Versions of Android Studio 3.2 with Android App Bundle, Energy Profiler and more!


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Yesterday, Google announced the stable release of Android Studio 3.2 with a variety of new features and improvements. This version comes with over 20 features including Android App Bundle, Energy Profiler, and Android Emulator Snapshots.

What’s new in Android Studio 3.2

Android application set

With Android App Bundle, the new app publishing format, you can deliver smaller APKs to your users and reduce your app download size. Once Google Play has your app bundle, it uses an app delivery model named Dynamic delivery. This delivery template processes your app bundle to generate and deliver APKs optimized for each user’s device configuration.

This eliminates your efforts to create, sign, and manage multiple APKs to support different devices, and users get smaller, more optimized downloads. Android Studio 3.2 provides you with a CLI, using which you can easily create your code as an app bundle.

Energy profiler

Battery life is one of the main concerns for users, so it is important to check your app’s power consumption. Energy Profiler helps you find where your application is consuming more power than needed.

With the Energy Profiler, you can view the estimated energy consumption of system components, as well as inspect for background events that can lead to battery drain. To use it, make sure you are connected to an Android device or emulator running Android 8.0 Oreo (API 26) or higher.

Support for slices

Slices are user interface templates that can be used to display rich, dynamic, and interactive content from your app in Google Search Suggestions and the Google Assistant. Built-in templates are available to help you extend your application with the new slice provider APIs.

You can also do stuffed toy Checks that you are following best practices when building Slices. To start building your Slices, right click on your project folder and navigate to New | Other | Slice supplier.

Sample data

You can now add sample data to a Display, a Image view, or one RecyclerSee from the layout editor. This will make it easier for you to visualize the appearance of a layout when designing your application.

“What’s new” assistant

This newly added wizard panel automatically informs developers of the latest changes to the IDE. You can also open the panel by navigating to To help | What’s new in Android Studio.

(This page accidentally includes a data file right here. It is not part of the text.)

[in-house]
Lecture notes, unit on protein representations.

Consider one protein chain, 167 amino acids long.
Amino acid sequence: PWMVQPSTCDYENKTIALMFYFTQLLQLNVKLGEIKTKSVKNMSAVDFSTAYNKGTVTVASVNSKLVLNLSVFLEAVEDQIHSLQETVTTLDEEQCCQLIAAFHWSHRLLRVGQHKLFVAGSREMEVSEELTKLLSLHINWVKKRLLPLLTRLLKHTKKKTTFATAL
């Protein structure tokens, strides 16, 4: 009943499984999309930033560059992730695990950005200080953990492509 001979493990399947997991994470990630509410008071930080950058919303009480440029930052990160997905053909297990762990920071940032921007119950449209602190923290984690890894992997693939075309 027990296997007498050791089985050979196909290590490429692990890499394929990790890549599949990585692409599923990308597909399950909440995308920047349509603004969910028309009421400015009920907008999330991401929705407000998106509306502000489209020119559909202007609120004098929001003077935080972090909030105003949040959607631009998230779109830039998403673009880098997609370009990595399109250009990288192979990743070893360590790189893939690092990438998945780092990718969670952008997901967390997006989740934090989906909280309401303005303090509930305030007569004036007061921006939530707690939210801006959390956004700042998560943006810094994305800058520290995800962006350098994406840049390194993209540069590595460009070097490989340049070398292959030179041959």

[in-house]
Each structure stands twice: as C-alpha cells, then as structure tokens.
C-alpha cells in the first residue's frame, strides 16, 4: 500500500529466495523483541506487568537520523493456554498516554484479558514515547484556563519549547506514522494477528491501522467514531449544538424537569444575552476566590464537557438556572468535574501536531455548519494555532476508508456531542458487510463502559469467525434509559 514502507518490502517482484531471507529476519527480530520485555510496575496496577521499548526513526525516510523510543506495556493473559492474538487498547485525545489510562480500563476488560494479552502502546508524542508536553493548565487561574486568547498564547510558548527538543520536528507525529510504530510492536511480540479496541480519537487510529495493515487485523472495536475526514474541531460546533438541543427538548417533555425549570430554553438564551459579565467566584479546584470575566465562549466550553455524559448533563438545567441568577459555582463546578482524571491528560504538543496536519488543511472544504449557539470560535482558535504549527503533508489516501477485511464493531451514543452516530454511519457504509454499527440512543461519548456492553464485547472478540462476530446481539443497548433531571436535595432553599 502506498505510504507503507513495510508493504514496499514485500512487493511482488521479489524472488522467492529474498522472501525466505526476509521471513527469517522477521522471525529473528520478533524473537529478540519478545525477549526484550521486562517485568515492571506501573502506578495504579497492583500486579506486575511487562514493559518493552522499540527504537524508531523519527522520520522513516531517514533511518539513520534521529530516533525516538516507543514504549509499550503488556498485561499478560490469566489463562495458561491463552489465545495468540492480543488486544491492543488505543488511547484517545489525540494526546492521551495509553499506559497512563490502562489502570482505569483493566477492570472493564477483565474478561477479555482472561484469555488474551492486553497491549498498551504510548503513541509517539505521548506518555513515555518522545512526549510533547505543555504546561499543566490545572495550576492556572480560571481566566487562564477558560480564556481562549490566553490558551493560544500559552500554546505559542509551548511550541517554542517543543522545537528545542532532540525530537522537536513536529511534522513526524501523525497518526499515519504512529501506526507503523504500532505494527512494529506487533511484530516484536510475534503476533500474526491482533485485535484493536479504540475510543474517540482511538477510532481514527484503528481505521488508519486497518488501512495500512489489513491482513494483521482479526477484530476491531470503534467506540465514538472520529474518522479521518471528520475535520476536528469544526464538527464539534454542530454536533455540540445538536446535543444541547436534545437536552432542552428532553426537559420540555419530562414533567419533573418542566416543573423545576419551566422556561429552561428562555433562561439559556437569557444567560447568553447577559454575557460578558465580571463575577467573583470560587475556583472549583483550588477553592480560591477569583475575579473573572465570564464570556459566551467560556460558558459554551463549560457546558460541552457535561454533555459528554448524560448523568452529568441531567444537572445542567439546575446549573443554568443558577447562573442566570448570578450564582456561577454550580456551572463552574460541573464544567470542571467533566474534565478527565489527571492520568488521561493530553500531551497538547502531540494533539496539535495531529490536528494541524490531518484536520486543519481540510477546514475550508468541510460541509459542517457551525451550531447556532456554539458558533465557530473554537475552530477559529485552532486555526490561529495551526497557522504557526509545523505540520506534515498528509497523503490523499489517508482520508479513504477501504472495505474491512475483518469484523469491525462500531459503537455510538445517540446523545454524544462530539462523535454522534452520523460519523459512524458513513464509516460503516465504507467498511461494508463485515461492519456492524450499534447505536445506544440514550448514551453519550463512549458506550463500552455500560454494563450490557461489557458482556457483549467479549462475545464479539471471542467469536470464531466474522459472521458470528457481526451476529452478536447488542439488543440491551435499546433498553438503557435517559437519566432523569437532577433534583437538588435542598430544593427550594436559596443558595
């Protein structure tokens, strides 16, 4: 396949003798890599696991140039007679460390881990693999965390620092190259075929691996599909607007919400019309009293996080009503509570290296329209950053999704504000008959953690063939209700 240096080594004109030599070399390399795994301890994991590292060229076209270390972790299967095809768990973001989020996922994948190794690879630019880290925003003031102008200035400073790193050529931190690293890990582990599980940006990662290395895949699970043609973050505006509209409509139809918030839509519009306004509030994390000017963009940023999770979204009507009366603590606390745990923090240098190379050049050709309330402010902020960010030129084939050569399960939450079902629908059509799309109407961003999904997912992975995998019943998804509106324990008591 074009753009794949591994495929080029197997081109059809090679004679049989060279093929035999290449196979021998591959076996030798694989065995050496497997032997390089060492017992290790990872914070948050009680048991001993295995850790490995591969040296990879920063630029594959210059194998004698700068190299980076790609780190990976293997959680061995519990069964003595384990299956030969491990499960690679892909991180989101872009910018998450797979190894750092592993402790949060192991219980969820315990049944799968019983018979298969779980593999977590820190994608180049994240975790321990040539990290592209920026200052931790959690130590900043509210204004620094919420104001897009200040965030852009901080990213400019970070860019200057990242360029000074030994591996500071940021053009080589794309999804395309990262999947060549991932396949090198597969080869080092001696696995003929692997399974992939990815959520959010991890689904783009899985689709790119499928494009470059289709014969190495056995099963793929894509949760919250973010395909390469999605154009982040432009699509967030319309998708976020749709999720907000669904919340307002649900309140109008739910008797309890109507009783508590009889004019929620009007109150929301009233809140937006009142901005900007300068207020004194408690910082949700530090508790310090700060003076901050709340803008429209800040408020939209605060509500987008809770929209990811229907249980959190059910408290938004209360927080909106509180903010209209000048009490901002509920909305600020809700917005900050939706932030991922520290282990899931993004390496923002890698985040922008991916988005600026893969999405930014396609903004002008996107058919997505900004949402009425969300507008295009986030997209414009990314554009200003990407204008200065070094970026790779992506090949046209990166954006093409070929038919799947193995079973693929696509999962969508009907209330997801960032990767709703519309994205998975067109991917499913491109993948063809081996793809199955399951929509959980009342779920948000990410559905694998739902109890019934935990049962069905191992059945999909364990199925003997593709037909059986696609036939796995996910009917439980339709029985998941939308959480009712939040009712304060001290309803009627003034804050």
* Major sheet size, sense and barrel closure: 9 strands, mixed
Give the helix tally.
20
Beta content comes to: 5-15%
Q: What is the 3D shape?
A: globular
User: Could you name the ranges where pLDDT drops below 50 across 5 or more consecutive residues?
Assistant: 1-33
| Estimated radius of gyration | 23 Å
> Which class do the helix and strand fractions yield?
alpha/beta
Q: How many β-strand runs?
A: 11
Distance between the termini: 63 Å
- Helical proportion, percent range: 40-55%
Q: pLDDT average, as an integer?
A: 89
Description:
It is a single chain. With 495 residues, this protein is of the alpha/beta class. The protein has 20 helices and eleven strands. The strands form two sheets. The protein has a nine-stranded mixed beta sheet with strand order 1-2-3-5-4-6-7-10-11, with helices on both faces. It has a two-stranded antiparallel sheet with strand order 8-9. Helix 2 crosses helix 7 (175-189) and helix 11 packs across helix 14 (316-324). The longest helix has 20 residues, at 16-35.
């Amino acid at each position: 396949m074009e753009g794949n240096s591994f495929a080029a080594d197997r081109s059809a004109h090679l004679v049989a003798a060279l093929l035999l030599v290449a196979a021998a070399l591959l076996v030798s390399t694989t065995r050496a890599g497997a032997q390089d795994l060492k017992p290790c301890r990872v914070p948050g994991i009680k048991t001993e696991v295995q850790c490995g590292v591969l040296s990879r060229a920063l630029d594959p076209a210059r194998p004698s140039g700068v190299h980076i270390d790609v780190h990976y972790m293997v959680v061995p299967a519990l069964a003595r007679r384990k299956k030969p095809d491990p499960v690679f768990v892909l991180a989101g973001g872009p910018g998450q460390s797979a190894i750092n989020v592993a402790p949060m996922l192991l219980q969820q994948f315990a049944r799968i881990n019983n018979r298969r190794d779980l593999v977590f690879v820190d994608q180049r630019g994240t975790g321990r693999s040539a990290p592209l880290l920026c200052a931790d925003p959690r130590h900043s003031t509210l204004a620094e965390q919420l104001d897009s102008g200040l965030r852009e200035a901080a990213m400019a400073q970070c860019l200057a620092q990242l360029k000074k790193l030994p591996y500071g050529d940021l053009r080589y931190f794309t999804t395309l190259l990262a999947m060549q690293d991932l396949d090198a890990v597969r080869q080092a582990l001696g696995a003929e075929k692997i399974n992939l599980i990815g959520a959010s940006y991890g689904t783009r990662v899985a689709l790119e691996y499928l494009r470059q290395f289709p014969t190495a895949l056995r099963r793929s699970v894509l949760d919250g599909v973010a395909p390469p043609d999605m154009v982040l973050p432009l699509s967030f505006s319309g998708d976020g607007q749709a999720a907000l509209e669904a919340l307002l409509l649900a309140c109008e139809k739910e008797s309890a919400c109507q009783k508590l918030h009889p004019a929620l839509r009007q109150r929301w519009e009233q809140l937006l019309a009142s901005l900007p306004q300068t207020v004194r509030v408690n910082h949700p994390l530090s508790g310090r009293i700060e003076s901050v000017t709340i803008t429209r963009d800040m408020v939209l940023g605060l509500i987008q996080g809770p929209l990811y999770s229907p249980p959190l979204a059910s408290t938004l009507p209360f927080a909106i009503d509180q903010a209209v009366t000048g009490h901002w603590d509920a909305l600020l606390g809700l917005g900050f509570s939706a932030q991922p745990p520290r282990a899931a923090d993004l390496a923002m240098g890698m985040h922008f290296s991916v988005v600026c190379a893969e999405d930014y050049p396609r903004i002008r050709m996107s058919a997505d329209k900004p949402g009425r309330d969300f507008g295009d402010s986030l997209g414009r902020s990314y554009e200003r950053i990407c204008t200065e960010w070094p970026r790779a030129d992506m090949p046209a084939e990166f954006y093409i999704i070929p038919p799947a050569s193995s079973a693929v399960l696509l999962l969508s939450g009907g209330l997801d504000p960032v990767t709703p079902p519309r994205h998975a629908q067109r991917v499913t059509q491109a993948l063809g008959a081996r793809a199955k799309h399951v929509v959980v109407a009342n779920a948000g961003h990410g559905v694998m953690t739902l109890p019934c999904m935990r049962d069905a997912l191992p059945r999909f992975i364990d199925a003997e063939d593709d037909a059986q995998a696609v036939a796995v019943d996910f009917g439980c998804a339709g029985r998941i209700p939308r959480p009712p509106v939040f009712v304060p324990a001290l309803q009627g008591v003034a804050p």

AndroidX refactoring support

You can now add the Android extension (AndroidX) in a new project by adding the following line in your gradle.properties to file:

android.useAndroidX=true

To help you migrate your project to the new namespace and new dependencies, Android Studio 3.2 offers you a new built-in refactoring action. Additionally, the Android Studio build system will automatically convert any Maven dependencies that have not migrated to the AndroidX namespace. With Android Studio 3.2 and later, you can quickly migrate an existing project to use AndroidX by selecting Refactor > Migrate to AndroidX from the menu bar.

Updating the IntelliJ platform and Kotlin

Android Studio 3.2 comes with IntelliJ platform version 2018.1.6 and Kotlin 1.2.61. Many improvements in data flow analysis, debugging, new inspections have been added to this version of IntelliJ. Kotlin 1.2.61 supports Android 9 Pie SDK compatible with Kotlin.

Emulator snapshots

With the latest Android emulator, you can take a snapshot of the current state of your emulator, start up and switch to any snapshot in under 2 seconds. In Android Studio 3.2, Android Snapshots are even faster to save and load due to the underlying speed improvements.

Using Android Snapshots, you can preconfigure an Android Virtual Device (AVD) with the presets, apps, data, and settings you want in place, and come back to the same snapshot repeatedly.

Support for Microsoft Hyper-V and AMD processors

Google has finally responded to this longtime user request from the Android developer community. You can now run the Android emulator on Windows 10 computers with Hyper-V enabled, while Intel HAXM remains the default hypervisor. AMD processor support is added to provide developers with hardware-accelerated performance.

Screen recording in Android emulator

With the new screen recording feature in Android emulator, you can now perform screen and audio recording on any Android API and save this recording as a WebM or animated GIF file. You can enable this feature through the Extended Controls panel of the Android emulator, the command line, or from Android Studio.

These are just a few of the features they added, and there is more to explore. You can find the full list on Android Developer Blog.

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